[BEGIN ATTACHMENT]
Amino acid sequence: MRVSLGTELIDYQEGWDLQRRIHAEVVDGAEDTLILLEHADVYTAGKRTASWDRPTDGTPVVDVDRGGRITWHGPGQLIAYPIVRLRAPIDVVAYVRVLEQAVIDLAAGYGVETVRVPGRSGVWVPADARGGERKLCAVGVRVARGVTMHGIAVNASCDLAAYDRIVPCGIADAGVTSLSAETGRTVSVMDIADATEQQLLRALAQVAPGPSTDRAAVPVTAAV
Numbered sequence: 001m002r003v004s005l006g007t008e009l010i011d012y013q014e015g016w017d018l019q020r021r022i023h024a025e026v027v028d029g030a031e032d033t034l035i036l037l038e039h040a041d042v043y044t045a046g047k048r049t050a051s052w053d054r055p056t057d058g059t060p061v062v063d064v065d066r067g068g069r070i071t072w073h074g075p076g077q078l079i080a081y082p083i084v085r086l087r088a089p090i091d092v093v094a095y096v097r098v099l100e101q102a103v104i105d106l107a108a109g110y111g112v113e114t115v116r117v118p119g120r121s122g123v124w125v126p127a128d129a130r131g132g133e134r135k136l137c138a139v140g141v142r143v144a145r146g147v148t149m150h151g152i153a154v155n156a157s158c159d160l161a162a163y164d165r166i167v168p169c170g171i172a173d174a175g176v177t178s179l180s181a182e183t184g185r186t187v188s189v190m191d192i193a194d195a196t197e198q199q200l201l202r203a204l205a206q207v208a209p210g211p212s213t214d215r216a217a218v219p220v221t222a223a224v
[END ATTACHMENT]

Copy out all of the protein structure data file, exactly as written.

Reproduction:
Amino acid sequence: MRVSLGTELIDYQEGWDLQRRIHAEVVDGAEDTLILLEHADVYTAGKRTASWDRPTDGTPVVDVDRGGRITWHGPGQLIAYPIVRLRAPIDVVAYVRVLEQAVIDLAAGYGVETVRVPGRSGVWVPADARGGERKLCAVGVRVARGVTMHGIAVNASCDLAAYDRIVPCGIADAGVTSLSAETGRTVSVMDIADATEQQLLRALAQVAPGPSTDRAAVPVTAAV
Numbered sequence: 001m002r003v004s005l006g007t008e009l010i011d012y013q014e015g016w017d018l019q020r021r022i023h024a025e026v027v028d029g030a031e032d033t034l035i036l037l038e039h040a041d042v043y044t045a046g047k048r049t050a051s052w053d054r055p056t057d058g059t060p061v062v063d064v065d066r067g068g069r070i071t072w073h074g075p076g077q078l079i080a081y082p083i084v085r086l087r088a089p090i091d092v093v094a095y096v097r098v099l100e101q102a103v104i105d106l107a108a109g110y111g112v113e114t115v116r117v118p119g120r121s122g123v124w125v126p127a128d129a130r131g132g133e134r135k136l137c138a139v140g141v142r143v144a145r146g147v148t149m150h151g152i153a154v155n156a157s158c159d160l161a162a163y164d165r166i167v168p169c170g171i172a173d174a175g176v177t178s179l180s181a182e183t184g185r186t187v188s189v190m191d192i193a194d195a196t197e198q199q200l201l202r203a204l205a206q207v208a209p210g211p212s213t214d215r216a217a218v219p220v221t222a223a224v